US9311318B1 (en) 2008-07-14 2016-04-12 Dell Software Inc. Backup systems and methods for a virtual computing environment
US8135930B1 (en) 2008-07-14 2012-03-13 Vizioncore, Inc. Replication systems and methods for a virtual computing environment
US8166265B1 (en) 2008-07-14 2012-04-24 Vizioncore, Inc. Systems and methods for performing backup operations of virtual machine files
US8335902B1 (en) 2008-07-14 2012-12-18 Vizioncore, Inc. Systems and methods for performing backup operations of virtual machine files
US8375003B1 (en) 2008-07-14 2013-02-12 Vizioncore, Inc. Backup systems and methods for a virtual computing environment
US8046550B2 (en) 2008-07-14 2011-10-25 Quest Software, Inc. Systems and methods for performing backup operations of virtual machine files
US8060476B1 (en) 2008-07-14 2011-11-15 Quest Software, Inc. Backup systems and methods for a virtual computing environment
US20100011178A1 (en) * 2008-07-14 2010-01-14 Vizioncore, Inc. Systems and methods for performing backup operations of virtual machine files
US8856790B1 (en) 2008-09-25 2014-10-07 Dell Software Inc. Systems and methods for data management in a virtual computing environment
US8429649B1 (en) 2008-09-25 2013-04-23 Quest Software, Inc. Systems and methods for data management in a virtual computing environment
US8996468B1 (en) 2009-04-17 2015-03-31 Dell Software Inc. Block status mapping system for reducing virtual machine backup storage
US20110035358A1 (en) * 2009-08-07 2011-02-10 Dilip Naik Optimized copy of virtual machine storage files
US9778946B2 (en) 2009-08-07 2017-10-03 Dell Software Inc. Optimized copy of virtual machine storage files
US8688872B2 (en) * 2009-11-27 2014-04-01 Stmicroelectronics S.R.L. Method and device for managing queues, and corresponding computer program product
US20110131189A1 (en) * 2009-11-27 2011-06-02 Stmicroelectronics S.R.I. Method and device for managing queues, and corresponding computer program product
US8453145B1 (en) 2010-05-06 2013-05-28 Quest Software, Inc. Systems and methods for instant provisioning of virtual machine files
US9032403B1 (en) 2010-05-06 2015-05-12 Dell Software Inc. Systems and methods for instant provisioning of virtual machine files
US9465642B1 (en) 2010-05-06 2016-10-11 Dell Software Inc. Systems and methods for instant provisioning of virtual machine files
US9569446B1 (en) 2010-06-08 2017-02-14 Dell Software Inc. Cataloging system for image-based backup
US9547562B1 (en) 2010-08-11 2017-01-17 Dell Software Inc. Boot restore system for rapidly restoring virtual machine backups
US8898114B1 (en) 2010-08-27 2014-11-25 Dell Software Inc. Multitier deduplication systems and methods
US9311375B1 (en) 2012-02-07 2016-04-12 Dell Software Inc. Systems and methods for compacting a virtual machine file

Similar Documents

Publication Publication Date Title
US5594883A (en) Hierarchical data storage system employing contemporaneous transfer of designated data pages to long write and short read cycle memory
US6457102B1 (en) Cache using multiple LRU's
US5274809A (en) Task execution control method for a multiprocessor system with enhanced post/wait procedure
US5630050A (en) Method and system for capturing and controlling access to information in a coupling facility
US5802301A (en) System for load balancing by replicating portion of file while being read by first stream onto second device and reading portion with stream capable of accessing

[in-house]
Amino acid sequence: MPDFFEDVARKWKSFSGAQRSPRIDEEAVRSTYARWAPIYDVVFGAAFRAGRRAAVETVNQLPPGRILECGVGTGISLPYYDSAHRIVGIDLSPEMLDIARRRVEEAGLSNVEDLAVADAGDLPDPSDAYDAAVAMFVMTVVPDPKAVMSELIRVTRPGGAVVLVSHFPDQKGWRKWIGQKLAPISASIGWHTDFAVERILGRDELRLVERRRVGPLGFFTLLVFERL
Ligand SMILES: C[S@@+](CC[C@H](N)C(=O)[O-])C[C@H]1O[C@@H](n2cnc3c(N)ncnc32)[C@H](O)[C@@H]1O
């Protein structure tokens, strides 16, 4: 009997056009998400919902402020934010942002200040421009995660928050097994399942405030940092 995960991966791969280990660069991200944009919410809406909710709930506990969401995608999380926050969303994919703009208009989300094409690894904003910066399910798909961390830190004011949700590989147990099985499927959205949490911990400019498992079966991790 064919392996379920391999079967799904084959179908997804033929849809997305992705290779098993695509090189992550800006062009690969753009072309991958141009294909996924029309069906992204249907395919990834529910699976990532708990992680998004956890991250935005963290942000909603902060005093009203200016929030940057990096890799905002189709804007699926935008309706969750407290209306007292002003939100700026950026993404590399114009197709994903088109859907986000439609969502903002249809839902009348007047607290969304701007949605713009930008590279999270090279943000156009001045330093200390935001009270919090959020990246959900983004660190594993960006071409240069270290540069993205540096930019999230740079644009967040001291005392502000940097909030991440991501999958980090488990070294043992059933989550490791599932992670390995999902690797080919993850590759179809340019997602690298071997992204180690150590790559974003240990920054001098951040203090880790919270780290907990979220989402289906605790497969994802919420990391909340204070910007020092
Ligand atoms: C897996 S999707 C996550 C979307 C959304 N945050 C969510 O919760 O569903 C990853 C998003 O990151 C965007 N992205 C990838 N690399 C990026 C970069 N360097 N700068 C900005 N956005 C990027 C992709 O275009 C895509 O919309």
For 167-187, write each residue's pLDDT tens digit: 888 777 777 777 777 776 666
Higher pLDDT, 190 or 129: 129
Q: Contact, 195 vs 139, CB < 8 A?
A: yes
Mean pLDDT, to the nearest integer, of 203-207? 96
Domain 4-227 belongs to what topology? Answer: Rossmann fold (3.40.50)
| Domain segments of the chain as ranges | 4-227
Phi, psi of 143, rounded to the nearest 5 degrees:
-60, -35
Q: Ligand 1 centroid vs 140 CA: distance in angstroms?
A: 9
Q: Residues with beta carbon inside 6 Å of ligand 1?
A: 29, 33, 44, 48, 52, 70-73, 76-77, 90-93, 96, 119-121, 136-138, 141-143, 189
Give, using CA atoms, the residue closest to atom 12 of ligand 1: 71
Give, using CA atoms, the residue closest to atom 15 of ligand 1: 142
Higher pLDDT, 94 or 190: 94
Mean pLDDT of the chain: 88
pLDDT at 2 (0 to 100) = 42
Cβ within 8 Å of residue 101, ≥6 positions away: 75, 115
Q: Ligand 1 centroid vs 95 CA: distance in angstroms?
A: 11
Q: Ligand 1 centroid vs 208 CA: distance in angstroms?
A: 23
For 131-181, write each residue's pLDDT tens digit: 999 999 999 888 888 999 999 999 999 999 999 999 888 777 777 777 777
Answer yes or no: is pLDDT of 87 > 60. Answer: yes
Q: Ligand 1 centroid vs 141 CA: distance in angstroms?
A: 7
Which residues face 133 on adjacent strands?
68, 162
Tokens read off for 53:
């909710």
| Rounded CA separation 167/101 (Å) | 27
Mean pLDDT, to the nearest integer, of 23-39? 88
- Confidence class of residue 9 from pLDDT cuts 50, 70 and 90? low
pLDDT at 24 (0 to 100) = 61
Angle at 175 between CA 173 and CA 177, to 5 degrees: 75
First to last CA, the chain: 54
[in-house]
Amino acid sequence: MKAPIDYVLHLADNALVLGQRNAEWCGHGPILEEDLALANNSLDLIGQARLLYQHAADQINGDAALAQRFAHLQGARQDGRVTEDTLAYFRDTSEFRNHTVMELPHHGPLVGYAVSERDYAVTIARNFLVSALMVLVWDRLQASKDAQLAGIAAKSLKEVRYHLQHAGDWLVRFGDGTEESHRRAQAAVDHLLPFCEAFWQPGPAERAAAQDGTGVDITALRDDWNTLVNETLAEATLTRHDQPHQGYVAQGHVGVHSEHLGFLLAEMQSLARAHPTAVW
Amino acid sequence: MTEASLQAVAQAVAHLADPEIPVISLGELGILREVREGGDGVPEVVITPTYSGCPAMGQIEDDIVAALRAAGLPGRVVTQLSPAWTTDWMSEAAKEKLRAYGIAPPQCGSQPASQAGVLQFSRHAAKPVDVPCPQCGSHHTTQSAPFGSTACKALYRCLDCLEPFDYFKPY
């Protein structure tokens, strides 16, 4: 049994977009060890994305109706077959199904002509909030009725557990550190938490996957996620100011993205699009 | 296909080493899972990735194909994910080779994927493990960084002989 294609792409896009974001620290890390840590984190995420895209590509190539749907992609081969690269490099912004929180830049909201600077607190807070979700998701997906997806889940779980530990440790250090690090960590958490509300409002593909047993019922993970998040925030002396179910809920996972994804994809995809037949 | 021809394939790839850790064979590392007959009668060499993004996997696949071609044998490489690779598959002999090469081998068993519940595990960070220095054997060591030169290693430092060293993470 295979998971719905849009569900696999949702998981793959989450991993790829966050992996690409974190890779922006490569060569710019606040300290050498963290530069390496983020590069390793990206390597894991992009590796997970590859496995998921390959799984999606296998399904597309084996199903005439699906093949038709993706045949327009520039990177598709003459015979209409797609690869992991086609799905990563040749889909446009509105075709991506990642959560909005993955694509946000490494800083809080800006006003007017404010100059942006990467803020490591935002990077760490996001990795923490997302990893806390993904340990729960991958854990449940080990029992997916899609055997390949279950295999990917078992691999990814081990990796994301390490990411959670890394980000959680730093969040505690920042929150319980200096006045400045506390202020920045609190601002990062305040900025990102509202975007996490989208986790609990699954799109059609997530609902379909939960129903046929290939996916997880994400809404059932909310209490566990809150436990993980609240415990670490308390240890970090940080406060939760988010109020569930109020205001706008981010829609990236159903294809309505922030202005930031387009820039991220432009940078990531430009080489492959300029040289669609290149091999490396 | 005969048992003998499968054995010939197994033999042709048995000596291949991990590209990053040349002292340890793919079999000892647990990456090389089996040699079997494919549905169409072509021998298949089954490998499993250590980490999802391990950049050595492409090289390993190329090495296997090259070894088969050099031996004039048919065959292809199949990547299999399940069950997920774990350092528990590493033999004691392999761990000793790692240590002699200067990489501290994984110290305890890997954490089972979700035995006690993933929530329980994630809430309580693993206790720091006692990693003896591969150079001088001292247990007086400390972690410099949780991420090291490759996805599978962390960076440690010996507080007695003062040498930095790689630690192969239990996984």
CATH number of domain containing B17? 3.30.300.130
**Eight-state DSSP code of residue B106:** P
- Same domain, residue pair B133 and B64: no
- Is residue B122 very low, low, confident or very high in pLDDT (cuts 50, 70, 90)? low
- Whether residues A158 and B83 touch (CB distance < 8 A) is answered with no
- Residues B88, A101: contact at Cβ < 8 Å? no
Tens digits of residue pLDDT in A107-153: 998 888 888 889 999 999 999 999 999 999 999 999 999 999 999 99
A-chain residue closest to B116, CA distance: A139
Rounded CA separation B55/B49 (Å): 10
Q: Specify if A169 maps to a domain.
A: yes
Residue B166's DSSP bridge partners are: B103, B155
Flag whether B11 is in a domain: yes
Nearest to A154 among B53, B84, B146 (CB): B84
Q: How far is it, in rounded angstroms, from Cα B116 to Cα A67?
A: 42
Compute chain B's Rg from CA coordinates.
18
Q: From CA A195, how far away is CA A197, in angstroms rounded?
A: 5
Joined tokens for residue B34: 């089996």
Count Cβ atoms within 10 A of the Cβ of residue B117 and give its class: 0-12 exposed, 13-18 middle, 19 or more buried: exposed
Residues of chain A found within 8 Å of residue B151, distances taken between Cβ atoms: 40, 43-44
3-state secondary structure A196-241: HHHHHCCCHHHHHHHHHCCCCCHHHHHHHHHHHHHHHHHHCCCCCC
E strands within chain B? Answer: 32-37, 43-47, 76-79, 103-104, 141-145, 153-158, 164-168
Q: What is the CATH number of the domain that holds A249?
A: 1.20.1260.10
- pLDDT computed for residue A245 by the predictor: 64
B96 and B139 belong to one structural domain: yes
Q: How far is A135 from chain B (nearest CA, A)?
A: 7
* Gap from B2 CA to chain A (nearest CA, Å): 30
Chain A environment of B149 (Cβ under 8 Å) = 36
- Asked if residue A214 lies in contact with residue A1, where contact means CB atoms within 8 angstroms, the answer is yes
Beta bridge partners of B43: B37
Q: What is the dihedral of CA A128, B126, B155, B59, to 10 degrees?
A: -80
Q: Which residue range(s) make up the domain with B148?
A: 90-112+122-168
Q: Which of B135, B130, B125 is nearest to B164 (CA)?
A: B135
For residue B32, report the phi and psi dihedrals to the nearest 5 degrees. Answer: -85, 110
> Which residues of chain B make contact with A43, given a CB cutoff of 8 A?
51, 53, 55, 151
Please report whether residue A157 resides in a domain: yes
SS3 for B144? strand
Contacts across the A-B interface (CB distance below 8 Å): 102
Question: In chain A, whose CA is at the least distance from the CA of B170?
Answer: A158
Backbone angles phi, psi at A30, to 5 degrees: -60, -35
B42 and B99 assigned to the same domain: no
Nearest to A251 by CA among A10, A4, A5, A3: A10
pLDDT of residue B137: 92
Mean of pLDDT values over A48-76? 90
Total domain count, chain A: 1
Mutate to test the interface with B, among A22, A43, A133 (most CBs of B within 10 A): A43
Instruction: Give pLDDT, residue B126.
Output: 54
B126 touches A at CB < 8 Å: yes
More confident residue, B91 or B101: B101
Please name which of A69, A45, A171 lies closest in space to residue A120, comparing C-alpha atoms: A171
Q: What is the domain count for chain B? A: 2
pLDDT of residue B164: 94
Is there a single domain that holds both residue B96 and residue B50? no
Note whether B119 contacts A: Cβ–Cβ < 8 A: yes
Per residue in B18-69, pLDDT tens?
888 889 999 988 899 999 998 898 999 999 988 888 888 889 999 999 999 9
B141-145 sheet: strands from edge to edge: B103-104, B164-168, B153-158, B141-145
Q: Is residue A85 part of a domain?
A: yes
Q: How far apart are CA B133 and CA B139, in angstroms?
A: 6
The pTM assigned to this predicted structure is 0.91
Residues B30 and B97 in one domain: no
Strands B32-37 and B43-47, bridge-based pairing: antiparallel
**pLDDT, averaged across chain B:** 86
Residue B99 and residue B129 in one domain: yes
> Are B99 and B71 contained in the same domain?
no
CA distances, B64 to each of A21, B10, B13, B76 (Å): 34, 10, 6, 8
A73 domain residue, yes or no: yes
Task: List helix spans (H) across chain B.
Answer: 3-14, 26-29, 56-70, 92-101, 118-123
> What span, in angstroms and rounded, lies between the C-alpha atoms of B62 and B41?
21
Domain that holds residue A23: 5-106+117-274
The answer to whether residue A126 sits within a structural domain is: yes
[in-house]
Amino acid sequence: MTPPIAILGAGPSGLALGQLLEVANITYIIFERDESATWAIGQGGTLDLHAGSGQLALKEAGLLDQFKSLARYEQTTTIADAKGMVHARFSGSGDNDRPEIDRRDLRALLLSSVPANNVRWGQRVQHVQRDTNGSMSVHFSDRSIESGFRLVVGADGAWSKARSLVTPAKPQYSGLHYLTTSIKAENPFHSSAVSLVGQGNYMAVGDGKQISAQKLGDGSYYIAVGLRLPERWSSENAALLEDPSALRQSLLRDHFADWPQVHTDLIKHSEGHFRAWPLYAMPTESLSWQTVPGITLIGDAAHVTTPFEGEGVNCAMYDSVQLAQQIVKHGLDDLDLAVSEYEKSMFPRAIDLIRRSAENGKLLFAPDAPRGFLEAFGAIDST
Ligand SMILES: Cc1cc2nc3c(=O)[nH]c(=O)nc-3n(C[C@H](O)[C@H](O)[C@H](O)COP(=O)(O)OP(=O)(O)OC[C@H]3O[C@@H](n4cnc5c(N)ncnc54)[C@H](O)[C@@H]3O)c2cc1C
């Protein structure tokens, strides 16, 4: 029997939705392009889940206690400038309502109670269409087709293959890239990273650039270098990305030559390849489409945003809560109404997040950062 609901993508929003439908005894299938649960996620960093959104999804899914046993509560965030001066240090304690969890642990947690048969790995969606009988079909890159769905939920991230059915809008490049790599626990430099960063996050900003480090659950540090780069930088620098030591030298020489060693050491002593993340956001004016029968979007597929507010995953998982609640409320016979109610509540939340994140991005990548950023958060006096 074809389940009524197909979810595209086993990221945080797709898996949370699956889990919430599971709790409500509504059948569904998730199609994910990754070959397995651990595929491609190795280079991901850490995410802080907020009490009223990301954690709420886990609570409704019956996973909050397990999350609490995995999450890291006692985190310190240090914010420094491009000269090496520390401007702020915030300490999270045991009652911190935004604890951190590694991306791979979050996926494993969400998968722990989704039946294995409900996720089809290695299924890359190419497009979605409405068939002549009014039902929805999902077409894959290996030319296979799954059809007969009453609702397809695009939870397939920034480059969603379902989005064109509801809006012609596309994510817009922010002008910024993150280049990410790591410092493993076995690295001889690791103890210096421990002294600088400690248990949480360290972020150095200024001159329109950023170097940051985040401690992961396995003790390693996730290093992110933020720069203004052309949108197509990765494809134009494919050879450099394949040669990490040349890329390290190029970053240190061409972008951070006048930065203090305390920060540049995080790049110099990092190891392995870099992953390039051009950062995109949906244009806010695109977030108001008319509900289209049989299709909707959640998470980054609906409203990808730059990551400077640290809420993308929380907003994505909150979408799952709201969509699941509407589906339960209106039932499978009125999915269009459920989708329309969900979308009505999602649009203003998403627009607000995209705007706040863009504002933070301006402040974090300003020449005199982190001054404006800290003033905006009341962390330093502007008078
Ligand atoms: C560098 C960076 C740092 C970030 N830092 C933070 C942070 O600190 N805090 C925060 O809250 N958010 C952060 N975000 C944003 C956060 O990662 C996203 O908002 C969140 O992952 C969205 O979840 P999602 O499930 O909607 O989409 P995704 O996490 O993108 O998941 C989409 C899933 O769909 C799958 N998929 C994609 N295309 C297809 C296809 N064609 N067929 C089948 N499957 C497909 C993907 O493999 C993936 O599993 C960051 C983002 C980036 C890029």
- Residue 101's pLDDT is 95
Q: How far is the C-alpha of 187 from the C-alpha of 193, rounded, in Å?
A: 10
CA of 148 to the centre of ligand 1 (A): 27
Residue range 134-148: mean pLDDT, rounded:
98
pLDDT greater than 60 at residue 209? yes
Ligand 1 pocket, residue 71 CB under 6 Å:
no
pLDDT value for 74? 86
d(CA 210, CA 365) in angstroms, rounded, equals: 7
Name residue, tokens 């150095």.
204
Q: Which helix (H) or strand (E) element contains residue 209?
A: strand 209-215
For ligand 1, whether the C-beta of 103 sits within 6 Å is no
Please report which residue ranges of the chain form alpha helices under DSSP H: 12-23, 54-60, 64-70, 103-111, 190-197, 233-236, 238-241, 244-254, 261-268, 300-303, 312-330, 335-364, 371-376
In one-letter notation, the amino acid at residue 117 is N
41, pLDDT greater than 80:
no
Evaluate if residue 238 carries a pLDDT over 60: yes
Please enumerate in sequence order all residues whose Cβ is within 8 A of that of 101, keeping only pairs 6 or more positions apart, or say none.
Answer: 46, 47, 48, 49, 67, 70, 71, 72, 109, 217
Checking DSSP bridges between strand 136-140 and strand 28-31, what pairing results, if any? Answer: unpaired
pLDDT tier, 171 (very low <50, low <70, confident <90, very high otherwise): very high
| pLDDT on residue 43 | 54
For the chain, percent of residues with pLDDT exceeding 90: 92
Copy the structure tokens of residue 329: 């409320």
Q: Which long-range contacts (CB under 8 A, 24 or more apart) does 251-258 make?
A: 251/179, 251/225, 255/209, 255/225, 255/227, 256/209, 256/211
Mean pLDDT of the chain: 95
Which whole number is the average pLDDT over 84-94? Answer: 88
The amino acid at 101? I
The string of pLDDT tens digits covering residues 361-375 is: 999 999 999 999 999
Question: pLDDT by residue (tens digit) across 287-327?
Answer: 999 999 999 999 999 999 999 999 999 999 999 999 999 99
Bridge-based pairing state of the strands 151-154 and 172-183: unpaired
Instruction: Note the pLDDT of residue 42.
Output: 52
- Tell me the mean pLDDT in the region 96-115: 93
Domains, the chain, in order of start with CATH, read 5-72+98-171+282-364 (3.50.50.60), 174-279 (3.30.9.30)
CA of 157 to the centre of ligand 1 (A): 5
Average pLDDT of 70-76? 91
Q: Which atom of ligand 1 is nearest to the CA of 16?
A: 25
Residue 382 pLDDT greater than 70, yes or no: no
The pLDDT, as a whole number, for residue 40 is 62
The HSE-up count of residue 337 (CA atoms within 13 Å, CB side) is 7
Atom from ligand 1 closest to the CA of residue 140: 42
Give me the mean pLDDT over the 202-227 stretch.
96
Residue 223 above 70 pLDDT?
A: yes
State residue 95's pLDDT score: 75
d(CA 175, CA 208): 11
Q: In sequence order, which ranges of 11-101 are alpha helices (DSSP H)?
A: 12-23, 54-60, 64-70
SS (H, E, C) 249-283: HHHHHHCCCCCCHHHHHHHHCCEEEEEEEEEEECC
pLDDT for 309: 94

US6725225B1 (en) Data management apparatus and method for efficiently generating a blocked transposed file and converting that file using a stored compression method
US4310883A (en) Method and apparatus for assigning data sets to virtual volumes in a mass store
US4542458A (en) Method of and apparatus for assigning software resources to memory devices
US5951658A (en) System for dynamic allocation of I/O buffers for VSAM access method based upon intended record access where performance information regarding access is stored in memory
US5960431A (en) Method and apparatus for adding data storage bins to a stored computer database while minimizing movement of data and balancing data distribution
US5247670A (en) Network server
US6141707A (en) Input/output request allocation by establishing master command queue among plurality of command queues to receive and store commands, determine logical volume, and forwarding command to determined logical volume
US5761659A (en) Method, product, and structure for flexible range locking of read and write requests using shared and exclusive locks, flags, sub-locks, and counters
US6105098A (en) Method for managing shared resources
US7325041B2 (en) File distribution system in which partial files are arranged according to various allocation rules associated with a plurality of file types
US6023744A (en) Method and mechanism for freeing disk space in a file system
US20040230742A1 (en) Storage system and disk load balance control method thereof
US20030110232A1 (en) Distributing messages between local queues representative of a common shared queue
US4435752A (en) Allocation of rotating memory device storage locations
US5745915A (en) System for parallel reading and processing of a file
US20070156955A1 (en) Method and apparatus for queuing disk drive access requests
US7454449B2 (en) Method for reorganizing a set of database partitions
US5325526A (en) Task scheduling in a multicomputer system
US20070078901A1 (en) Hierarchical storage system, and control method and program therefor
US5574897A (en) System managed logging of objects to speed recovery processing

Legal Events

Date Code Title Description
CC Certificate of correction
FPAY Fee payment

Year of fee payment: 4

REMI Maintenance fee reminder mailed
SULP Surcharge for late payment

Year of fee payment: 7

FPAY Fee payment

Year of fee payment: 8

FPAY Fee payment

Year of fee payment: 12